Exudation of various acids and enzymes is a natural process in plants and the means by which plants are able to utilize the nutrients bound to the soil matrix. This release is related to growth (because the plants’ requirement of nutrient increases with growth) and plant roots proliferate as the plant grows. There is also increased secretion of exudates when the plant experiences deficiency of a nutrient (it is an intelligent feed-back mechanism so that the plant secretes more in order to take up more nutrient when there is a greater need).

Field trials with Smart Micronutrients





Yield increase
% yield increase over control
Smart zinc
0.5 kg/ha Zn
768 kg/ha
19.4 %
Zinc sulfate
5 kg/ha
233 kg/ha
Smart zinc
0.5 kg/ha Zn
1288 kg/ha
Zinc sulfate
5 kg/ha
Smart zinc
0.6 kg/ha
860 kg/ha
Zinc sulfate
5 kg/ha
124 kg/ha
Smart zinc
0.75 kg/ha
Zinc sulfate
4 kg/ha
Smart zinc-iron-manganese-copper-boron
(0.75-0.38-0.19-0.19-0.09 kg/ha)
6150 kg/ha
Zinc-iron-manganese-copper sulfates-borax
255 kg/ha
Smart zinc-iron-manganese
(0.75-0.375-0.187 kg/ha)
1365 kg/ha
Zinc-iron-manganese sulfates
(2-1-0.5 kg/ha)
190 kg/ha
Red cabbage
Smart zinc-iron-manganese-copper
(0.75 - 0.375-0.19- 0.09 kg/ha)
6475  kg/ha
14.3 %
Zinc-iron-manganese-copper sulfates
(0.75 - 0.375-0.19- 0.09 kg/ha)
428 kg/ha
Red Lentil
Smart zinc-iron-manganese-molybdenum
(0.5-1-0.5-0.04 kg/ha)
244 kg/ha
Zinc-iron-manganese-sulfates Ammonium molybdate
 (0.5-1-0.5-0.04 kg/ha)
Black gram
Smart iron-manganese
(1-0.5 kg/ha)
422 kg/ha
Iron-manganese sulfate
(4-2 kg/ha)
147 kg/ha
Green gram
Smart zinc
0.5 kg/ha Zn
126 kg/ha
Zinc sulfate
5 kg/ha Zn
61 kg/ha


Versatility in formulations with macronutrient fertilizers :

Because Smart micronutrients are non-reactive there is complete versatility in the ways in which they can be combined with bulk fertilizers. This is property is unique to Smart and, therefore, the potential uses of Smart in formulations is vast.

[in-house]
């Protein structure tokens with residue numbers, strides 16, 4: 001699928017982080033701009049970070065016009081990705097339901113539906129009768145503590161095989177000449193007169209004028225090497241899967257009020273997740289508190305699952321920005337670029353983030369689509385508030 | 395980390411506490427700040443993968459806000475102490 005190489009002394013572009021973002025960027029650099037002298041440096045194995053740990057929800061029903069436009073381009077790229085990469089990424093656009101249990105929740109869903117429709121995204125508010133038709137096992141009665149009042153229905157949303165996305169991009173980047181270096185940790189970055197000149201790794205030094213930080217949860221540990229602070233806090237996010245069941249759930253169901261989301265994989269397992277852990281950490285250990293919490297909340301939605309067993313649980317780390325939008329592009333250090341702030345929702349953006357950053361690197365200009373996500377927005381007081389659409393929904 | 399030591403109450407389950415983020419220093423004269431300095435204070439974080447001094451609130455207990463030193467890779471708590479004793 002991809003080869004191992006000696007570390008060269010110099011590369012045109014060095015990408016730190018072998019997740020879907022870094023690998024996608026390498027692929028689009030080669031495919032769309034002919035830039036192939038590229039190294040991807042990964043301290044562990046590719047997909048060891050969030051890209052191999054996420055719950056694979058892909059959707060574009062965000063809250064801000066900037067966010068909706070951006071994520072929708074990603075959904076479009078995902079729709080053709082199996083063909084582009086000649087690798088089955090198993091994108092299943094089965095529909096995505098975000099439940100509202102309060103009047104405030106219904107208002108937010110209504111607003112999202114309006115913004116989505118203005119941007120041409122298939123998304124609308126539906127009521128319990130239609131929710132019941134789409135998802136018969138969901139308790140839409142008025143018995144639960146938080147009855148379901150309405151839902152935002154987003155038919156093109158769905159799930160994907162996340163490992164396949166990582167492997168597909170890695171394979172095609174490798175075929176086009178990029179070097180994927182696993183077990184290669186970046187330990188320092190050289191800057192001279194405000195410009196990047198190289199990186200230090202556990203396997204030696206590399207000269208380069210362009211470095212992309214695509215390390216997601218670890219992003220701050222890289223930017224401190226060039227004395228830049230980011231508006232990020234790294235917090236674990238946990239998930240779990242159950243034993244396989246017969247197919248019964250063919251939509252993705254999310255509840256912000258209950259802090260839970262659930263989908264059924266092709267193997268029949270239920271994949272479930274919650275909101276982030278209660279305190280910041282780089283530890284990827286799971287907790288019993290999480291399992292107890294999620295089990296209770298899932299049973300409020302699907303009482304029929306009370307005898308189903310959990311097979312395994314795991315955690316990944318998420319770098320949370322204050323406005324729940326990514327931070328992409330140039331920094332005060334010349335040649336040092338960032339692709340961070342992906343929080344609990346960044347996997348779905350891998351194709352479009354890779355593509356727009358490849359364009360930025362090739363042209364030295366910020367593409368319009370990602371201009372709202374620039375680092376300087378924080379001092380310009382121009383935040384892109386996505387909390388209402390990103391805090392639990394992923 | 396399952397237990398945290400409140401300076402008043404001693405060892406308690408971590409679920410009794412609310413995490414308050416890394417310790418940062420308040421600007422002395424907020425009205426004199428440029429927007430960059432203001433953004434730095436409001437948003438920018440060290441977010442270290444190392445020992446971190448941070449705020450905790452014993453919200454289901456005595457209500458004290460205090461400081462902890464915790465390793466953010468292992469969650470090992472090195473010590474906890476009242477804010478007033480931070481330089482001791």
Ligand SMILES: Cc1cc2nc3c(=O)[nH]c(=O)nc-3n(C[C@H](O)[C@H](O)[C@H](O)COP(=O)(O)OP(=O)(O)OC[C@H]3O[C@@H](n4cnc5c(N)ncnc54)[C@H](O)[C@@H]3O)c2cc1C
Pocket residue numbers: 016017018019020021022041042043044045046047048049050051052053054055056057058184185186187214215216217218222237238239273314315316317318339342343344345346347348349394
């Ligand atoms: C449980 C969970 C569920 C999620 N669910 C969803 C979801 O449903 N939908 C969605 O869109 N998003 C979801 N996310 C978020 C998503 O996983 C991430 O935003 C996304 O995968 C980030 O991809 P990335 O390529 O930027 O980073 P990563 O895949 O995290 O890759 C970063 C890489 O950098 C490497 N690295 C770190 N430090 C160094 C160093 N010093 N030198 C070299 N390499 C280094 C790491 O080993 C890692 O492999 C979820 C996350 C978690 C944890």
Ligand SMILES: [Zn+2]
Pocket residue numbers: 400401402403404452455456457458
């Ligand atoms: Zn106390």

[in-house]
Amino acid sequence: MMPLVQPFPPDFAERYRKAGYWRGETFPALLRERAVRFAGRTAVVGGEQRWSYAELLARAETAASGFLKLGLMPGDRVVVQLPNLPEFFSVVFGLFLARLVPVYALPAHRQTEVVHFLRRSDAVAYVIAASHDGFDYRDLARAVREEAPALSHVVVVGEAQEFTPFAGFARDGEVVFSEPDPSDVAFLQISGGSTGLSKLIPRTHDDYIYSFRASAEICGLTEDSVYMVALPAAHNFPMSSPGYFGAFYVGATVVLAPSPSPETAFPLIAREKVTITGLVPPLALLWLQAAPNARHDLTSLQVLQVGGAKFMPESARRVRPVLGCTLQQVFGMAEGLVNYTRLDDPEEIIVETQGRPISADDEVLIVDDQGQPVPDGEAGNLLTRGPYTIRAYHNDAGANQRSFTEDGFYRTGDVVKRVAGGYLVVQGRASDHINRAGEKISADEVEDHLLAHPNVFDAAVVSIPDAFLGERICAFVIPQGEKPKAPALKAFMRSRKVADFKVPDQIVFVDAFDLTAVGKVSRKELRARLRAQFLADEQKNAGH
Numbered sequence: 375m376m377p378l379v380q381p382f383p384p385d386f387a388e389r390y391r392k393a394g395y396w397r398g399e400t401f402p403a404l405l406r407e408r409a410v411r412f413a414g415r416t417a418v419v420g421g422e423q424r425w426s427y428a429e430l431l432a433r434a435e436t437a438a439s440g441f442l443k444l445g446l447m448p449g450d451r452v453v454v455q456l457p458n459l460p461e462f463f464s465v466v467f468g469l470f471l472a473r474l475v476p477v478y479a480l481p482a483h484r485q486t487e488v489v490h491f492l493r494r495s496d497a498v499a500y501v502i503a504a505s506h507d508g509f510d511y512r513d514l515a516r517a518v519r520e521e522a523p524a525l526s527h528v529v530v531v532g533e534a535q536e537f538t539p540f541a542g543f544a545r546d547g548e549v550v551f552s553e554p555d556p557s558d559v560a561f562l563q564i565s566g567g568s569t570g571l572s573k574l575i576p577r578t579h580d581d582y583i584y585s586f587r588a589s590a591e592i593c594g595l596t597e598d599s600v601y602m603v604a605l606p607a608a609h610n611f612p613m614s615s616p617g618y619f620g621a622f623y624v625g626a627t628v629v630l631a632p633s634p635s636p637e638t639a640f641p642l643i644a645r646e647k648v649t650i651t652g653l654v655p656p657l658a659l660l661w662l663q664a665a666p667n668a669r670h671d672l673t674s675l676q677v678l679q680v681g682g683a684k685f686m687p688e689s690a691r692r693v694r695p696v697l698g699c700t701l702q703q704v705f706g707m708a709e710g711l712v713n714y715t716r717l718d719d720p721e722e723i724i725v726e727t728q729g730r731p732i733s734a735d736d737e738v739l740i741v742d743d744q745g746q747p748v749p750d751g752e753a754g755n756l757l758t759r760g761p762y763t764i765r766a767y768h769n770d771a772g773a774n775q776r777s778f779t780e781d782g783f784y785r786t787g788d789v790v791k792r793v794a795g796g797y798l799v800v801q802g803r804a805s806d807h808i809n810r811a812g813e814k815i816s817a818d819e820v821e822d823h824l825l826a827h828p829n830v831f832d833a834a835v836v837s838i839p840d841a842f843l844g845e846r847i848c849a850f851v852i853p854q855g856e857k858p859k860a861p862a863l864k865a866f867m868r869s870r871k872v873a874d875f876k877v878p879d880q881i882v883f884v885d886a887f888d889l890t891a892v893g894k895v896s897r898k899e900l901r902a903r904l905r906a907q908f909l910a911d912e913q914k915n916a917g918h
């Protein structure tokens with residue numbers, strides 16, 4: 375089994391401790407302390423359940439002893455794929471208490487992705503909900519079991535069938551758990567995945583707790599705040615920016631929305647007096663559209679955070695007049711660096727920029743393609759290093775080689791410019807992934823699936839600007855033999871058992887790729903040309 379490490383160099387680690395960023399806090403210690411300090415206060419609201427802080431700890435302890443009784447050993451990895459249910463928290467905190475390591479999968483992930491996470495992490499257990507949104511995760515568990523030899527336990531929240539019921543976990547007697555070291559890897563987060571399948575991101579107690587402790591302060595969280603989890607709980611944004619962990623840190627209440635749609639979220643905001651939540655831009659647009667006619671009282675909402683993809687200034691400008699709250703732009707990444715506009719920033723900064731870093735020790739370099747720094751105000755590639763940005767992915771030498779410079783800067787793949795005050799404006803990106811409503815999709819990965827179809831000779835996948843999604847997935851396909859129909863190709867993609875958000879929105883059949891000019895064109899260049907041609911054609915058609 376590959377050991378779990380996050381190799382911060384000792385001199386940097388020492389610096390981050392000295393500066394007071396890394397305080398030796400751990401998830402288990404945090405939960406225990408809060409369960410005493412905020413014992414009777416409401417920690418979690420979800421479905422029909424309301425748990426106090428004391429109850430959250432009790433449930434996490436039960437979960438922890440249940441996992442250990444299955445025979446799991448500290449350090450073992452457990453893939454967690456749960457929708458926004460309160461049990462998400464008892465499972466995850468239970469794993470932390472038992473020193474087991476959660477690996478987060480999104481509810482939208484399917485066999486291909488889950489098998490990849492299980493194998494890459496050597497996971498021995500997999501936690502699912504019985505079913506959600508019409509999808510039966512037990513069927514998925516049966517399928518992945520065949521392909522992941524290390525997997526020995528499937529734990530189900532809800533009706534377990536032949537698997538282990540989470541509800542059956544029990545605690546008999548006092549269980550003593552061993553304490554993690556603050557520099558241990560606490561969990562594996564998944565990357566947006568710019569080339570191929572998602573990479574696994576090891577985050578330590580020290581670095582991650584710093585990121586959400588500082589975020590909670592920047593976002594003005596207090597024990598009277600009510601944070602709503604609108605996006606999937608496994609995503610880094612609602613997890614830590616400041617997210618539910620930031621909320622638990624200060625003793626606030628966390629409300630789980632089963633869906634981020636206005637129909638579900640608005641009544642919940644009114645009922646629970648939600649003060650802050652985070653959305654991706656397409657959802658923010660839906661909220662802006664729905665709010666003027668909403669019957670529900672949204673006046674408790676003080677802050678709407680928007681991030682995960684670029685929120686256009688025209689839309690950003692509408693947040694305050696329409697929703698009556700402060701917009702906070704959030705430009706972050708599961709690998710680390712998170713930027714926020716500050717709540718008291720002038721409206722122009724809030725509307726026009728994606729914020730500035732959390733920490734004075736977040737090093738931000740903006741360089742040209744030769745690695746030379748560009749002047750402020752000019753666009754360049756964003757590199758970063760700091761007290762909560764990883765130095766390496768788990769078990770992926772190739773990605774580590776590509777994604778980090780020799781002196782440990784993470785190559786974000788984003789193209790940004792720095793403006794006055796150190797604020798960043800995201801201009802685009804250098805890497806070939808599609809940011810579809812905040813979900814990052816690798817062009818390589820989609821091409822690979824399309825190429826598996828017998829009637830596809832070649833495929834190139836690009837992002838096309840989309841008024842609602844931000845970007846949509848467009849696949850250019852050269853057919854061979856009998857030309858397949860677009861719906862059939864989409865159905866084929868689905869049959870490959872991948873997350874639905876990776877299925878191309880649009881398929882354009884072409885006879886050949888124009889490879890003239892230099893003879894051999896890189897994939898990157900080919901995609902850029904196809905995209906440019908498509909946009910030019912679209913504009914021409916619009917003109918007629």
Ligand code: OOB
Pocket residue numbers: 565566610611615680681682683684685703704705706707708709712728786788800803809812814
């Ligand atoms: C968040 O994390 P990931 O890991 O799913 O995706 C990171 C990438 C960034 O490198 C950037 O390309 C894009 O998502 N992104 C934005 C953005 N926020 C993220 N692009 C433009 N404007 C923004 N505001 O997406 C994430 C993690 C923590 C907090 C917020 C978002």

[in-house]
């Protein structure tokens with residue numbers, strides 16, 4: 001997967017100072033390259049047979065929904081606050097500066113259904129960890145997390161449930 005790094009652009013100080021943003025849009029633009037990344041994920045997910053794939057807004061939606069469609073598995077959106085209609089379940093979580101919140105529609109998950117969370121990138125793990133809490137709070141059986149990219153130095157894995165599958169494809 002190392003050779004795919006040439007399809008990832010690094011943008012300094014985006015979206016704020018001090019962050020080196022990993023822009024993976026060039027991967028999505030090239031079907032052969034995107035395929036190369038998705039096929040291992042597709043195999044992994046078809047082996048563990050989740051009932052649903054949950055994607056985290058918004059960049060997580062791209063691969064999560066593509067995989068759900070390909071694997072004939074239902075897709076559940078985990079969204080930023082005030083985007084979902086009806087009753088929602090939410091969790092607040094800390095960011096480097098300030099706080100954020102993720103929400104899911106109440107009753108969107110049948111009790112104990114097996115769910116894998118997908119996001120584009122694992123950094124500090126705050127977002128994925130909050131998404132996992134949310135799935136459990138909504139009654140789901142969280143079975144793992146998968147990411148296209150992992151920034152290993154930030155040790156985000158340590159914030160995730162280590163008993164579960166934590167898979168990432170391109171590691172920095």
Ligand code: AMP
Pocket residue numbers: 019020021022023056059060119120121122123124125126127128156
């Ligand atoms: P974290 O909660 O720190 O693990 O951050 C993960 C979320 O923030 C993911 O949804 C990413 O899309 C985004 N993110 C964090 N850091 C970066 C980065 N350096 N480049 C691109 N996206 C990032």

(a)   In granulation with NPK fertilizers : Conventional micronutrient fertilizers (sulphates and chelates) are not suitable for use in granulation with NPK fertilizers because they react and alter their chemical state into forms that are ineffective. The major advantage of the Smart micronutrients is that they can be granulated with any of the NPK fertilizers including SSP, TSP, DAP, etc. They are non-reactive to the bulk fertilizer and retain their unique properties. Thereby each granule is consistently uniform in composition, each granule delivers micronutrients and there is a much more effective dispersion of the micronutrient in soil.

(b)   Coating on NPKs : Smart can be readily coated on to bulk fertilizer granules.  The powdery micronutrients are easily amenable to coating and retain their effectiveness.

Benefits of Smart Micronutrients

Benefits of Smart Micronutrients

  • The fertilizers are non-polluting; unlike existing fertilizers, these water insoluble fertilizers will not pollute ground water.
  • Solves the problem where nutrient release and crop requirements may not match.  In this fertilizer nutrient release is biological (by root organic acids, therefore plants can solubilise and take up the nutrients whenever they require.  In other slow release formulations, nutrient release is controlled by hydrolysis or diffusion causing the crop requirement nutrient release mismatch problem.
  • Crop yields increase by 10-30% and are higher than with water soluble micronutrients
  • High cost-benefit ratios of 5:1
  • Storehouse of continuous nutrient source throughout the crop growth period.

Disadvantages of micronutrient sulfates and chelates

Micronutrient sulfates & chelates are water soluble fertilizers

Water soluble fertilizers are subject to leaching, drainage causing -
          > Water & air pollution.
          > High wastage of nutrients.

Nutrients become non-available over time due to soil fixation requiring -
         > Excess dosage and frequent applications of fertilizers.

Mismatch between plant requirement & nutrient availability because -
         >  Crop nutrient requirements vary during growth period.
         > Current fertilizer applications result in feeding through a fire-hose. 
         > Either over nourishment or deprivation of key nutrients during plant growth cycle.

Introduction of undesirable components -
        > Soil acidification
        > Accumulation non-biodegradable compounds. EDTA is non-biodegradable & a serious                      pollutant of water